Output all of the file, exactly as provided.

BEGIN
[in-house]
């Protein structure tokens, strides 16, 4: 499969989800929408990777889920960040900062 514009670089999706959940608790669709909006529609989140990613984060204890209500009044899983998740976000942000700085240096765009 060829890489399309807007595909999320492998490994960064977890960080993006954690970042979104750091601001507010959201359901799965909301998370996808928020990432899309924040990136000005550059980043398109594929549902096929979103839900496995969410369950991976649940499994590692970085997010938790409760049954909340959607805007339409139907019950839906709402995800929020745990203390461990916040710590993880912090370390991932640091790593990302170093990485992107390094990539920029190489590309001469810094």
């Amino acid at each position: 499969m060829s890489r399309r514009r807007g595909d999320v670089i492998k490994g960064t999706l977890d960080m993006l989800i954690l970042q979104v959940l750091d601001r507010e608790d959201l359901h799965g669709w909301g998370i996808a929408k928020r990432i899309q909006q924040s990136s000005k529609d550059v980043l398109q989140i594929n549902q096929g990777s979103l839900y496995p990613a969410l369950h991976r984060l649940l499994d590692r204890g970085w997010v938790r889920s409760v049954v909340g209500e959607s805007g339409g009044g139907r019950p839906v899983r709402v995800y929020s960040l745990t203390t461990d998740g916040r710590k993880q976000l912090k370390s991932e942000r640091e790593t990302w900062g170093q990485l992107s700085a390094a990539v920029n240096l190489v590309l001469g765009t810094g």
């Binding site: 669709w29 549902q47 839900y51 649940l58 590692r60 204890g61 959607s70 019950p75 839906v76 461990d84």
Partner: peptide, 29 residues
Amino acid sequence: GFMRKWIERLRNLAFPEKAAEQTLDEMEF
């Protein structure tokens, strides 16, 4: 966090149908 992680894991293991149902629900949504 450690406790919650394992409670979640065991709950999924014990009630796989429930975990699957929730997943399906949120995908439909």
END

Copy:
[in-house]
């Protein structure tokens, strides 16, 4: 499969989800929408990777889920960040900062 514009670089999706959940608790669709909006529609989140990613984060204890209500009044899983998740976000942000700085240096765009 060829890489399309807007595909999320492998490994960064977890960080993006954690970042979104750091601001507010959201359901799965909301998370996808928020990432899309924040990136000005550059980043398109594929549902096929979103839900496995969410369950991976649940499994590692970085997010938790409760049954909340959607805007339409139907019950839906709402995800929020745990203390461990916040710590993880912090370390991932640091790593990302170093990485992107390094990539920029190489590309001469810094």
């Amino acid at each position: 499969m060829s890489r399309r514009r807007g595909d999320v670089i492998k490994g960064t999706l977890d960080m993006l989800i954690l970042q979104v959940l750091d601001r507010e608790d959201l359901h799965g669709w909301g998370i996808a929408k928020r990432i899309q909006q924040s990136s000005k529609d550059v980043l398109q989140i594929n549902q096929g990777s979103l839900y496995p990613a969410l369950h991976r984060l649940l499994d590692r204890g970085w997010v938790r889920s409760v049954v909340g209500e959607s805007g339409g009044g139907r019950p839906v899983r709402v995800y929020s960040l745990t203390t461990d998740g916040r710590k993880q976000l912090k370390s991932e942000r640091e790593t990302w900062g170093q990485l992107s700085a390094a990539v920029n240096l190489v590309l001469g765009t810094g």
């Binding site: 669709w29 549902q47 839900y51 649940l58 590692r60 204890g61 959607s70 019950p75 839906v76 461990d84």
Partner: peptide, 29 residues
Amino acid sequence: GFMRKWIERLRNLAFPEKAAEQTLDEMEF
């Protein structure tokens, strides 16, 4: 966090149908 992680894991293991149902629900949504 450690406790919650394992409670979640065991709950999924014990009630796989429930975990699957929730997943399906949120995908439909």